The Kosher Gourmet by Diane Rossen Worthington Whitefish Terrine: A French take on gefilte fish

April 9, 2014

Jonathan Tobin: Why Did Kerry Lie About Israeli Blame?

Samuel G. Freedman: A resolution 70 years later for a father's unsettling legacy of ashes from Dachau

Jessica Ivins: A resolution 70 years later for a father's unsettling legacy of ashes from Dachau

Kim Giles: Asking for help is not weakness

Kathy Kristof and Barbara Hoch Marcus: 7 Great Growth Israeli Stocks

Matthew Mientka: How Beans, Peas, And Chickpeas Cleanse Bad Cholesterol and Lowers Risk of Heart Disease

Sabrina Bachai: 5 At-Home Treatments For Headaches

The Kosher Gourmet by Daniel Neman Have yourself a matzo ball: The secrets bubby never told you and recipes she could have never imagined

April 8, 2014

Lori Nawyn: At Your Wit's End and Back: Finding Peace

Susan B. Garland and Rachel L. Sheedy: Strategies Married Couples Can Use to Boost Benefits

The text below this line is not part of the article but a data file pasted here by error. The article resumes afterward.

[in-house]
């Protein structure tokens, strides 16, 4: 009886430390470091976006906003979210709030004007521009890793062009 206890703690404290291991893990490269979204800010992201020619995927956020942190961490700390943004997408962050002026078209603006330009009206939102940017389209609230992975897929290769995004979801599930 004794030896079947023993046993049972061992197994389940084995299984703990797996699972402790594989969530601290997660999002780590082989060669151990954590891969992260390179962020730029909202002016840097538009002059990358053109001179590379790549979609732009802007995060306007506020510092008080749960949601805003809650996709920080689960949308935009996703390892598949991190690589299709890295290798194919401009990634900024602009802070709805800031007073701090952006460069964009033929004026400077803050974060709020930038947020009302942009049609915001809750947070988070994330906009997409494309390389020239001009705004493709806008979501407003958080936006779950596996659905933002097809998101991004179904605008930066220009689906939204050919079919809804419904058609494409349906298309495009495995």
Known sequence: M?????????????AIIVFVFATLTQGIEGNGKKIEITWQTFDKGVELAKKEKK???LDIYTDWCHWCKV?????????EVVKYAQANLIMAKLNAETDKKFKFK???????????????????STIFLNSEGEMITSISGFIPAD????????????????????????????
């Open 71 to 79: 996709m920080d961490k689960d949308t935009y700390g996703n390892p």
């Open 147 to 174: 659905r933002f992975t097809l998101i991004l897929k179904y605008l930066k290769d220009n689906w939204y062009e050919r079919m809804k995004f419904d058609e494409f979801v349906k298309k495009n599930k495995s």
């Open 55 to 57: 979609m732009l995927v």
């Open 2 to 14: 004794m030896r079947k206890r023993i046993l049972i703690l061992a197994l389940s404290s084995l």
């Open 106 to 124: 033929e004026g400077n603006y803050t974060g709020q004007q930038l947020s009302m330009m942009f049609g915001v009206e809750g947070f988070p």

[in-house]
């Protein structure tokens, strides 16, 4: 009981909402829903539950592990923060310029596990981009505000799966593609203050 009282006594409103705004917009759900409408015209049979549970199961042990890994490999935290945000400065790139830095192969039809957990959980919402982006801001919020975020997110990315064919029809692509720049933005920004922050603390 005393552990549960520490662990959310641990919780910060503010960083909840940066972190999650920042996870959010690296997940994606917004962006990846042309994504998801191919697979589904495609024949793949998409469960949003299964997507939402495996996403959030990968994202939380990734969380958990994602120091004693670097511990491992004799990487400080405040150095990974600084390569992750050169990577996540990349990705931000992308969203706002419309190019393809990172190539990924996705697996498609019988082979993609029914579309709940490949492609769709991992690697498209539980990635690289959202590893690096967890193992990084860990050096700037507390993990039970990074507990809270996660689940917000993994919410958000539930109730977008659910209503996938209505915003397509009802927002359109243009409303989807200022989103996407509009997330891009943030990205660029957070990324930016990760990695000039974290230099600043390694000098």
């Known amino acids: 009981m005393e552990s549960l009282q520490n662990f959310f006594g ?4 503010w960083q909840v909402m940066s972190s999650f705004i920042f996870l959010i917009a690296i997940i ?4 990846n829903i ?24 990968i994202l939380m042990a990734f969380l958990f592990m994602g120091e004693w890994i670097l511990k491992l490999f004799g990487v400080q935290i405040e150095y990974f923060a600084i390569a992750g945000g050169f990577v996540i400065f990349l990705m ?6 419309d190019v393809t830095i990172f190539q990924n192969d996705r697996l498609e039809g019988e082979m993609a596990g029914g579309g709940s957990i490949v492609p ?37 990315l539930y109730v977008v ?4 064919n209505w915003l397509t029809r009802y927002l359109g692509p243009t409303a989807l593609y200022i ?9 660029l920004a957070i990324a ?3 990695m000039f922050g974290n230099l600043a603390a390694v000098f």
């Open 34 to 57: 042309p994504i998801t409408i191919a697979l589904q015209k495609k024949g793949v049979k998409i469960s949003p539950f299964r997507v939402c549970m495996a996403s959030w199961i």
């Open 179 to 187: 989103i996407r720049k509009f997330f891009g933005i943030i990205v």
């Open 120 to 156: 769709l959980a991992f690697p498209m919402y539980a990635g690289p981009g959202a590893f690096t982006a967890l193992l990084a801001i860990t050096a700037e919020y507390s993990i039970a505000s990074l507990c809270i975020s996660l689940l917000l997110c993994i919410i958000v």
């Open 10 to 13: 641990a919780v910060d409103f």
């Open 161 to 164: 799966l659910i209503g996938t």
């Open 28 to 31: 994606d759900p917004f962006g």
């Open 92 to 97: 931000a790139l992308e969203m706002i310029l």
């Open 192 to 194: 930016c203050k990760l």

David Muhlbaum: Smart Tax Deductions Non-Itemizers Can Claim

Jill Weisenberger, M.S., R.D.N., C.D.E : Before You Lose Your Mental Edge

Dana Dovey: Coffee Drinkers Rejoice! Your Cup Of Joe Can Prevent Death From Liver Disease

Chris Weller: Electric 'Thinking Cap' Puts Your Brain Power Into High Gear

The Kosher Gourmet by Marlene Parrish A gift of hazelnuts keeps giving --- for a variety of nutty recipes: Entree, side, soup, dessert

April 4, 2014

Rabbi David Gutterman: The Word for Nothing Means Everything

Charles Krauthammer: Kerry's folly, Chapter 3

Amy Peterson: A life of love: How to build lasting relationships with your children

John Ericson: Older Women: Save Your Heart, Prevent Stroke Don't Drink Diet

John Ericson: Why 50 million Americans will still have spring allergies after taking meds

Cameron Huddleston: Best and Worst Buys of April 2014

Stacy Rapacon: Great Mutual Funds for Young Investors

Sarah Boesveld: Teacher keeps promise to mail thousands of former students letters written by their past selves

The Kosher Gourmet by Sharon Thompson Anyone can make a salad, you say. But can they make a great salad? (SECRETS, TESTED TECHNIQUES + 4 RECIPES, INCLUDING DRESSINGS)

April 2, 2014

Paul Greenberg: Death and joy in the spring

Dan Barry: Should South Carolina Jews be forced to maintain this chimney built by Germans serving the Nazis?

Mayra Bitsko: Save me! An alien took over my child's personality

Frank Clayton: Get happy: 20 scientifically proven happiness activities